Goofy Late-Night Thought Experiment: Car-Trunk Wormholes

Illustration for article titled Goofy Late-Night Thought Experiment: Car-Trunk Wormholes

Okay, it's late. I'm still settling in from a big move and my brains feel a little carbonated. That means the 6502 that runs my BrainOS occasionally comes up with some really inane stuff. Like this goofy car-related idea that I encourage all you budding sci-fi writers to work into your stories.


Here's the concept: in the future, stable wormholes — also called Einstein-Rosen bridges, holes in the fabric of spacetime that tunnel to another location in spacetime — are able to be created at will, with the restriction that their diameters are limited to, say, 5 feet, and the distance covered by the wormhole can only be, oh, 500 miles. That's way to small to use for sending, say a spaceship anywhere, and too close to be really exciting for exploration. So what do we use it for?

Let's say the power requirements for maintaining these wormholes is fairly modest. Now here's the car-related part: these wormholes are primarily used as a means to give any car a colossal trunk.

A wormhole-trunk-equipped car has a conventional-looking trunk opening, but once you lift the lid, you're staring right into the eye-confusing glow of a stable wormhole. One end is set into the trunk of your car, and the other is in orbit around the earth, 300-500 miles above.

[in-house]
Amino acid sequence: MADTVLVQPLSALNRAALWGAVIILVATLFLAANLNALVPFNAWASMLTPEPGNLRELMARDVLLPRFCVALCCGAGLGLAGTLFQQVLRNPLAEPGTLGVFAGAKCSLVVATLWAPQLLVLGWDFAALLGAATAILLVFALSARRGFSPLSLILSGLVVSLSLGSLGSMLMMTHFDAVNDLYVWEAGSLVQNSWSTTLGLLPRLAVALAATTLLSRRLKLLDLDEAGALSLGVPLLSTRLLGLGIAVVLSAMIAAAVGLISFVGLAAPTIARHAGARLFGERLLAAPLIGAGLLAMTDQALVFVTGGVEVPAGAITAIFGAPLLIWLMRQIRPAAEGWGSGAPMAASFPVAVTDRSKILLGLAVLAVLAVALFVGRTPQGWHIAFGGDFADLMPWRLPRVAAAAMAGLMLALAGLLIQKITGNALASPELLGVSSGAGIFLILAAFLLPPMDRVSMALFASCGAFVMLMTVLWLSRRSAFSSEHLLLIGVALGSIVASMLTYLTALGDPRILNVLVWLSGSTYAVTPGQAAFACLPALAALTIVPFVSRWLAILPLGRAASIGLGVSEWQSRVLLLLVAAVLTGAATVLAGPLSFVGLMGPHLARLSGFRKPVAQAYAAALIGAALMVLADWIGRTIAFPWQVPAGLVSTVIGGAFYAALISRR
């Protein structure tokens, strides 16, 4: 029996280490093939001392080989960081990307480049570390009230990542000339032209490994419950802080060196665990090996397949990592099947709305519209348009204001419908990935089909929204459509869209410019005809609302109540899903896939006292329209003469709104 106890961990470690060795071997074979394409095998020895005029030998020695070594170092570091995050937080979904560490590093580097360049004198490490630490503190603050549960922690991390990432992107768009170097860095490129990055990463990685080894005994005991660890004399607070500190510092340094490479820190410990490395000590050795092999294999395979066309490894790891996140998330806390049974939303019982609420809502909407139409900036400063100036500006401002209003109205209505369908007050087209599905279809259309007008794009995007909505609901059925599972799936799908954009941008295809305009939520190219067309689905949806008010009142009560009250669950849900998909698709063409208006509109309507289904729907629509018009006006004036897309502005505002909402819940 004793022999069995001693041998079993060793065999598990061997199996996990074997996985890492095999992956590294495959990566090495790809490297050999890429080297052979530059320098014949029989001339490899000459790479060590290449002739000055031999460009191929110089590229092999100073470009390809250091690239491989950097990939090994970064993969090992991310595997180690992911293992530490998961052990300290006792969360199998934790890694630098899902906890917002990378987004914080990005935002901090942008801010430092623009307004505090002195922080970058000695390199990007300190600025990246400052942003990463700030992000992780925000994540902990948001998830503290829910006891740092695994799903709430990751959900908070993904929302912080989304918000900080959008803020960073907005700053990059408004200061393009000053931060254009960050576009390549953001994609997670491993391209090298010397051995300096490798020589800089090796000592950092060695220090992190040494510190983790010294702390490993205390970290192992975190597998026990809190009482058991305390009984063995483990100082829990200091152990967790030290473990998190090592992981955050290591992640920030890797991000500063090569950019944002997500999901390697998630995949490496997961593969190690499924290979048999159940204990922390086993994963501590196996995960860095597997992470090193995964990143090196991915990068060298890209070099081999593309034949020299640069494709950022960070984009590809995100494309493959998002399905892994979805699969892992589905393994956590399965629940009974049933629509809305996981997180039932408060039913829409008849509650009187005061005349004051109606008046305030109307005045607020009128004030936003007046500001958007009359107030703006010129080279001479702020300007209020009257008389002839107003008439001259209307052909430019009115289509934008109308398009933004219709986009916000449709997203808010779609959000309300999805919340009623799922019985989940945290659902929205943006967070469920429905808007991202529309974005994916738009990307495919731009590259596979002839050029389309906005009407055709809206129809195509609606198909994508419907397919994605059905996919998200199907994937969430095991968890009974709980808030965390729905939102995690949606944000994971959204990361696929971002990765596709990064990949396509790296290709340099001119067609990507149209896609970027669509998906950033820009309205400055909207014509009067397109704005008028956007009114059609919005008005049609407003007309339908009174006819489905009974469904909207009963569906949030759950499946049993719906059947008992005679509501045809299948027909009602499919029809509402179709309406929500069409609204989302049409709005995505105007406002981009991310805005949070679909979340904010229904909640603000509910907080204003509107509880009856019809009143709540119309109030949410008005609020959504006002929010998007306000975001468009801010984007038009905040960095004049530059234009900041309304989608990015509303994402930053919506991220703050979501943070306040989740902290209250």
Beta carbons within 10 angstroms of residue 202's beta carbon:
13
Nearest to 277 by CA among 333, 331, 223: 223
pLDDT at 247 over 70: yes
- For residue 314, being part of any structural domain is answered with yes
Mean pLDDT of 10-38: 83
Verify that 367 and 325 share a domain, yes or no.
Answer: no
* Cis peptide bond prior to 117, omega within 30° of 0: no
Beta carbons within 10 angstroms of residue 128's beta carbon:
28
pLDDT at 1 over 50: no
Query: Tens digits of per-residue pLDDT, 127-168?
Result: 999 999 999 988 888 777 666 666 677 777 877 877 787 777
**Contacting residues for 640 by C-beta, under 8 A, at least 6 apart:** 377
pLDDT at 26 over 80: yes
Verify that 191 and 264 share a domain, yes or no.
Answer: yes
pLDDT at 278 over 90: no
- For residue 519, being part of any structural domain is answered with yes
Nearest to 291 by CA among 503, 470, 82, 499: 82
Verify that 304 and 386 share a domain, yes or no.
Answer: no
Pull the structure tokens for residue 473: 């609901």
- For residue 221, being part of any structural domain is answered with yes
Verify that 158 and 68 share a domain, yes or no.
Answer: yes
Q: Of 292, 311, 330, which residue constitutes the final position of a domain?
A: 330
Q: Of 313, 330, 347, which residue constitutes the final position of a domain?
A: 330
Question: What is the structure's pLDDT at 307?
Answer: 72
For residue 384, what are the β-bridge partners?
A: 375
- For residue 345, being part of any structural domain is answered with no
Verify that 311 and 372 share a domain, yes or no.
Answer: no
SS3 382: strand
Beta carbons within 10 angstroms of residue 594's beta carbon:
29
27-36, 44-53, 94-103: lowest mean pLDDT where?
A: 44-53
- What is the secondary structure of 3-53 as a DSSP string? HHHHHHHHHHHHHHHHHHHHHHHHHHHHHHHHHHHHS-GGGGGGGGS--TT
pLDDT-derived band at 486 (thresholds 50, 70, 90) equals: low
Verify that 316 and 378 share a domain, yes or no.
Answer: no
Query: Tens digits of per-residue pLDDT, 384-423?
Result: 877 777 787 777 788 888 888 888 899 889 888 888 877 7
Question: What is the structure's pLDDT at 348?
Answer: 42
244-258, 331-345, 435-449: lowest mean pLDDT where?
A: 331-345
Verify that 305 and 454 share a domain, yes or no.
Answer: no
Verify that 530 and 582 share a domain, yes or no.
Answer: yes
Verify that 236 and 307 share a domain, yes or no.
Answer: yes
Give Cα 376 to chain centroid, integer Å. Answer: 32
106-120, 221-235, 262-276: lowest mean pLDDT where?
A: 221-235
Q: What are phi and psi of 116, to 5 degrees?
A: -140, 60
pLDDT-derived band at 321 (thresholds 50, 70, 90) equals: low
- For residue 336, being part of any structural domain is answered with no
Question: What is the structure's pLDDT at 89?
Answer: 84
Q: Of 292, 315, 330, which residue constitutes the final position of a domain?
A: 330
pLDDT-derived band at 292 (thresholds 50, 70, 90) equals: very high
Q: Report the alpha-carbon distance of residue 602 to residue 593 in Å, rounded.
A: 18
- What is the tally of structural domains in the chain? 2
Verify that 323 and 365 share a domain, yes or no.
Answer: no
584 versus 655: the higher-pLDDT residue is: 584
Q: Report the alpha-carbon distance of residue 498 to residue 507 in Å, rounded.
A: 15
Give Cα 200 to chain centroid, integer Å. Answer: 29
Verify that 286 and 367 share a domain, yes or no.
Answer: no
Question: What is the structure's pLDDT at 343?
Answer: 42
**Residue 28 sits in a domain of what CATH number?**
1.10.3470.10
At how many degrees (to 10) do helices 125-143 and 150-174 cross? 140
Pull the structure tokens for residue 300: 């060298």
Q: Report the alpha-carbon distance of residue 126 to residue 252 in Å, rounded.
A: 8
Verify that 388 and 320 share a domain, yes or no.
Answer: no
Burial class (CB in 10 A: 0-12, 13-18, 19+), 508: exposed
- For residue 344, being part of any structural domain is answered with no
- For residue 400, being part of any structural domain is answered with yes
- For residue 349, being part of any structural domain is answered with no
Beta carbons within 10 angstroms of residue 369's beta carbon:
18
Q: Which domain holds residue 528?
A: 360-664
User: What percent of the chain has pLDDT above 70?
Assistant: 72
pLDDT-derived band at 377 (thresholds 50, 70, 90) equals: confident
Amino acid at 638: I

A virtual ring in this area has been separated off, and whatever cargo you stick in your trunk ends up in orbit, corralled into an area tagged for your car by small, automated micro-satellites. That means that your sleek 2089 Jaguar M-Type with its tiny rear deck can actually swallow 16 32-foot tree trunks, no problem.

You'd need to be aware that whatever you're putting in the trunk will end up in the cold vacuum of space, and special gloves would be sold so you can reach into the wormhole and grab your suitcases or bicycles or whatever without danger of frostbite.

And, the earth will have a nice belt of random luggage, which should cause no issues at all for satellites, right?


Okay. There's your prompt. How would a world of trunk-wormholes affect our lives?



Renault was already way ahead of you, man.

Seriously, though. With the back seats down (or removed), it's like the Tardis in there.